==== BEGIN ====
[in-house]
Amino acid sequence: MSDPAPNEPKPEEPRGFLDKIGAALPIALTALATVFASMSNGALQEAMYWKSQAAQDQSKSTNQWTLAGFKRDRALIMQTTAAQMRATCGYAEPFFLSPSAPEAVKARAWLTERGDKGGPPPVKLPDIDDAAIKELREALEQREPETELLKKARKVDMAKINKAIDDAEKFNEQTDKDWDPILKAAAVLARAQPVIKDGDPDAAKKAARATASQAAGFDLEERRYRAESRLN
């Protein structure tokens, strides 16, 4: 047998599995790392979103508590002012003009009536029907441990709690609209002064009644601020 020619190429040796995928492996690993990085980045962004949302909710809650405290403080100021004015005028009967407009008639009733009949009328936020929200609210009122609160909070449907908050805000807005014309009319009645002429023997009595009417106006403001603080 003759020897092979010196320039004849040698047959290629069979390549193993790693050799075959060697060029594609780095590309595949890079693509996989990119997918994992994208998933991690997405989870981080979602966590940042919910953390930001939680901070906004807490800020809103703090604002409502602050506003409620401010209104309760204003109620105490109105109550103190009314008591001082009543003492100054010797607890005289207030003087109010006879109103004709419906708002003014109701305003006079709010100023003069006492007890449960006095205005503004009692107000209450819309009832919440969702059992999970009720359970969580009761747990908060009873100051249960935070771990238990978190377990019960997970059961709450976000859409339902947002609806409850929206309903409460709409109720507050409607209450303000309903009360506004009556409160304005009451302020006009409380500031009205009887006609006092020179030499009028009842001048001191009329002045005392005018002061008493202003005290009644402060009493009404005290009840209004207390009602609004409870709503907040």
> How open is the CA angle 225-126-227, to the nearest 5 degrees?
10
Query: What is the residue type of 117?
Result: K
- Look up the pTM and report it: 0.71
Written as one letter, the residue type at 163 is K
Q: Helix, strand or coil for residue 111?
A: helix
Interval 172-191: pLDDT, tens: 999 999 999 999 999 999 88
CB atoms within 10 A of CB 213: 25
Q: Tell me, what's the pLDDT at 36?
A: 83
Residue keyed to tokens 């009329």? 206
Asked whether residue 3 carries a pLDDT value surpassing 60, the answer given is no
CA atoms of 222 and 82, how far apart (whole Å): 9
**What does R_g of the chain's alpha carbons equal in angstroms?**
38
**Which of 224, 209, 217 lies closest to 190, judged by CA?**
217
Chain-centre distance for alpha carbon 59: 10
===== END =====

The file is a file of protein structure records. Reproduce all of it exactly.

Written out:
[in-house]
Amino acid sequence: MSDPAPNEPKPEEPRGFLDKIGAALPIALTALATVFASMSNGALQEAMYWKSQAAQDQSKSTNQWTLAGFKRDRALIMQTTAAQMRATCGYAEPFFLSPSAPEAVKARAWLTERGDKGGPPPVKLPDIDDAAIKELREALEQREPETELLKKARKVDMAKINKAIDDAEKFNEQTDKDWDPILKAAAVLARAQPVIKDGDPDAAKKAARATASQAAGFDLEERRYRAESRLN
């Protein structure tokens, strides 16, 4: 047998599995790392979103508590002012003009009536029907441990709690609209002064009644601020 020619190429040796995928492996690993990085980045962004949302909710809650405290403080100021004015005028009967407009008639009733009949009328936020929200609210009122609160909070449907908050805000807005014309009319009645002429023997009595009417106006403001603080 003759020897092979010196320039004849040698047959290629069979390549193993790693050799075959060697060029594609780095590309595949890079693509996989990119997918994992994208998933991690997405989870981080979602966590940042919910953390930001939680901070906004807490800020809103703090604002409502602050506003409620401010209104309760204003109620105490109105109550103190009314008591001082009543003492100054010797607890005289207030003087109010006879109103004709419906708002003014109701305003006079709010100023003069006492007890449960006095205005503004009692107000209450819309009832919440969702059992999970009720359970969580009761747990908060009873100051249960935070771990238990978190377990019960997970059961709450976000859409339902947002609806409850929206309903409460709409109720507050409607209450303000309903009360506004009556409160304005009451302020006009409380500031009205009887006609006092020179030499009028009842001048001191009329002045005392005018002061008493202003005290009644402060009493009404005290009840209004207390009602609004409870709503907040």
> How open is the CA angle 225-126-227, to the nearest 5 degrees?
10
Query: What is the residue type of 117?
Result: K
- Look up the pTM and report it: 0.71
Written as one letter, the residue type at 163 is K
Q: Helix, strand or coil for residue 111?
A: helix
Interval 172-191: pLDDT, tens: 999 999 999 999 999 999 88
CB atoms within 10 A of CB 213: 25
Q: Tell me, what's the pLDDT at 36?
A: 83
Residue keyed to tokens 């009329």? 206
Asked whether residue 3 carries a pLDDT value surpassing 60, the answer given is no
CA atoms of 222 and 82, how far apart (whole Å): 9
**What does R_g of the chain's alpha carbons equal in angstroms?**
38
**Which of 224, 209, 217 lies closest to 190, judged by CA?**
217
Chain-centre distance for alpha carbon 59: 10